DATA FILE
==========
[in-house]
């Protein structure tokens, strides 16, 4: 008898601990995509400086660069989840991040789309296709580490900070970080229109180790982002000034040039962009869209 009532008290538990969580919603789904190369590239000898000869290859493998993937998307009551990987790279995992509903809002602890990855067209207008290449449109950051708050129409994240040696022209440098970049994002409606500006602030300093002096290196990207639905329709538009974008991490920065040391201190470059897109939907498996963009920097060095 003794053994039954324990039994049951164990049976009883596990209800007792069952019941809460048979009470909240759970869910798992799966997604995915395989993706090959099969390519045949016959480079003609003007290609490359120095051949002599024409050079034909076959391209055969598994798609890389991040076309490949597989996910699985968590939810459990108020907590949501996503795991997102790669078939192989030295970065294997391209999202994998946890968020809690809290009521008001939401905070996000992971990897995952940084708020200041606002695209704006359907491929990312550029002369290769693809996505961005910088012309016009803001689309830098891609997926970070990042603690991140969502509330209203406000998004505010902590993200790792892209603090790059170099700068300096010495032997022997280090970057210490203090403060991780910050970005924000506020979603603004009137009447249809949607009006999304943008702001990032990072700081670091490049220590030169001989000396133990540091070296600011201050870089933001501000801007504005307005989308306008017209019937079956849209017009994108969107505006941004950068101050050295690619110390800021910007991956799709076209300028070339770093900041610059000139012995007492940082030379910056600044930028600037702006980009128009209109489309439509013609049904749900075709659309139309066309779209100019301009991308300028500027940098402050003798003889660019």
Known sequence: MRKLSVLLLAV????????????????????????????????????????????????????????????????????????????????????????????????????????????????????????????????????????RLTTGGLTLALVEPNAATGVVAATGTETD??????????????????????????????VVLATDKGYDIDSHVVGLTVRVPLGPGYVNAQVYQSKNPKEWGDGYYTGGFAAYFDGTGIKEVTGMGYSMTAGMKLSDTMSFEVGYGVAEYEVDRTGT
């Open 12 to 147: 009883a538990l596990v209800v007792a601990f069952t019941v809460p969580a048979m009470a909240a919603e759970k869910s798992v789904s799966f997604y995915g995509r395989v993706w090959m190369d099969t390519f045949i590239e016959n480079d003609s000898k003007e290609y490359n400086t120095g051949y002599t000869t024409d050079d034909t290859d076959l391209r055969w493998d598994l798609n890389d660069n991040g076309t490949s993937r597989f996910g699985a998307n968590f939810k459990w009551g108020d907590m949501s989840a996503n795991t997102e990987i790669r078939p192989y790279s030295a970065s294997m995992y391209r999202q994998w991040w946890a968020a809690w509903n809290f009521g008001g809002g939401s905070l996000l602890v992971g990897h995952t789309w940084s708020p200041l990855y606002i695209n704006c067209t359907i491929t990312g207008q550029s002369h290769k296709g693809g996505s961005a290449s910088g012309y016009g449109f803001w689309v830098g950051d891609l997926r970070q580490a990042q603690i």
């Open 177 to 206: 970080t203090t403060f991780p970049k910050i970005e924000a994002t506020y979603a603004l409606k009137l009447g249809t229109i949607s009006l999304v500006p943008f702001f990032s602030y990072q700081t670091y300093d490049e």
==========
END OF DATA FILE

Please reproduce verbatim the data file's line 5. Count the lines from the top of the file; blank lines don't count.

């Open 177 to 206: 970080t203090t403060f991780p970049k910050i970005e924000a994002t506020y979603a603004l409606k009137l009447g249809t229109i949607s009006l999304v500006p943008f702001f990032s602030y990072q700081t670091y300093d490049e």